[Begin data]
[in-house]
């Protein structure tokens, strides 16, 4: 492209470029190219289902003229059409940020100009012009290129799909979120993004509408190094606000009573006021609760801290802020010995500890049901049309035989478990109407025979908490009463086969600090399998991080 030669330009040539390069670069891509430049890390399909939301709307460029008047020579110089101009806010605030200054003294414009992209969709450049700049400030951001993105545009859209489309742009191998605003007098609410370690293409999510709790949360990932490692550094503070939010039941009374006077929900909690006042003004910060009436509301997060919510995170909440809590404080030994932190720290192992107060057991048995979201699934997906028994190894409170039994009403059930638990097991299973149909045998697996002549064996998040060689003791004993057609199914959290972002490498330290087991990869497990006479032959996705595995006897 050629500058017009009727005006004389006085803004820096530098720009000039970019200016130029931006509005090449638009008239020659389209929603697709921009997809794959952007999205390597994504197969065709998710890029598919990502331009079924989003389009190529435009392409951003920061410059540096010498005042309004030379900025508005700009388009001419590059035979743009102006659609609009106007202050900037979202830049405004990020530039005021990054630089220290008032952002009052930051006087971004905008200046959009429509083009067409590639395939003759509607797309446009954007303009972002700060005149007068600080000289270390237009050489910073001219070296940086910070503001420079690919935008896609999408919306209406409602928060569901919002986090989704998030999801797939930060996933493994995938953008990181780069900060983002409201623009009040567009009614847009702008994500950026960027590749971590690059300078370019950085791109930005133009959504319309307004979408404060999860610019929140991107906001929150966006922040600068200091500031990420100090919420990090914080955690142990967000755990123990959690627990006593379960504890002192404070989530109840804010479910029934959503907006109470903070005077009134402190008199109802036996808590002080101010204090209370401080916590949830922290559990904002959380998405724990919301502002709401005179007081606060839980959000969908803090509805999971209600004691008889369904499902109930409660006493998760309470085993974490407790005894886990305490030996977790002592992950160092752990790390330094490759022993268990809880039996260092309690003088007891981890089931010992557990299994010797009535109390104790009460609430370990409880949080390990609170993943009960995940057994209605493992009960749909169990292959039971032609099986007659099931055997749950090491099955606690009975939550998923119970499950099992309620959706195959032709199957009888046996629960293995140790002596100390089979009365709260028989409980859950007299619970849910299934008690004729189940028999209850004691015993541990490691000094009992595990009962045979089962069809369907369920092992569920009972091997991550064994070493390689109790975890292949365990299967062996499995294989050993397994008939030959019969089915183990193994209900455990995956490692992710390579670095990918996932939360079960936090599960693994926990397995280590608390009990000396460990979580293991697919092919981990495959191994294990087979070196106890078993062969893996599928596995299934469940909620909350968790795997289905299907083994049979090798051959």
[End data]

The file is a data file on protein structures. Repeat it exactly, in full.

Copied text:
[in-house]
């Protein structure tokens, strides 16, 4: 492209470029190219289902003229059409940020100009012009290129799909979120993004509408190094606000009573006021609760801290802020010995500890049901049309035989478990109407025979908490009463086969600090399998991080 030669330009040539390069670069891509430049890390399909939301709307460029008047020579110089101009806010605030200054003294414009992209969709450049700049400030951001993105545009859209489309742009191998605003007098609410370690293409999510709790949360990932490692550094503070939010039941009374006077929900909690006042003004910060009436509301997060919510995170909440809590404080030994932190720290192992107060057991048995979201699934997906028994190894409170039994009403059930638990097991299973149909045998697996002549064996998040060689003791004993057609199914959290972002490498330290087991990869497990006479032959996705595995006897 050629500058017009009727005006004389006085803004820096530098720009000039970019200016130029931006509005090449638009008239020659389209929603697709921009997809794959952007999205390597994504197969065709998710890029598919990502331009079924989003389009190529435009392409951003920061410059540096010498005042309004030379900025508005700009388009001419590059035979743009102006659609609009106007202050900037979202830049405004990020530039005021990054630089220290008032952002009052930051006087971004905008200046959009429509083009067409590639395939003759509607797309446009954007303009972002700060005149007068600080000289270390237009050489910073001219070296940086910070503001420079690919935008896609999408919306209406409602928060569901919002986090989704998030999801797939930060996933493994995938953008990181780069900060983002409201623009009040567009009614847009702008994500950026960027590749971590690059300078370019950085791109930005133009959504319309307004979408404060999860610019929140991107906001929150966006922040600068200091500031990420100090919420990090914080955690142990967000755990123990959690627990006593379960504890002192404070989530109840804010479910029934959503907006109470903070005077009134402190008199109802036996808590002080101010204090209370401080916590949830922290559990904002959380998405724990919301502002709401005179007081606060839980959000969908803090509805999971209600004691008889369904499902109930409660006493998760309470085993974490407790005894886990305490030996977790002592992950160092752990790390330094490759022993268990809880039996260092309690003088007891981890089931010992557990299994010797009535109390104790009460609430370990409880949080390990609170993943009960995940057994209605493992009960749909169990292959039971032609099986007659099931055997749950090491099955606690009975939550998923119970499950099992309620959706195959032709199957009888046996629960293995140790002596100390089979009365709260028989409980859950007299619970849910299934008690004729189940028999209850004691015993541990490691000094009992595990009962045979089962069809369907369920092992569920009972091997991550064994070493390689109790975890292949365990299967062996499995294989050993397994008939030959019969089915183990193994209900455990995956490692992710390579670095990918996932939360079960936090599960693994926990397995280590608390009990000396460990979580293991697919092919981990495959191994294990087979070196106890078993062969893996599928596995299934469940909620909350968790795997289905299907083994049979090798051959």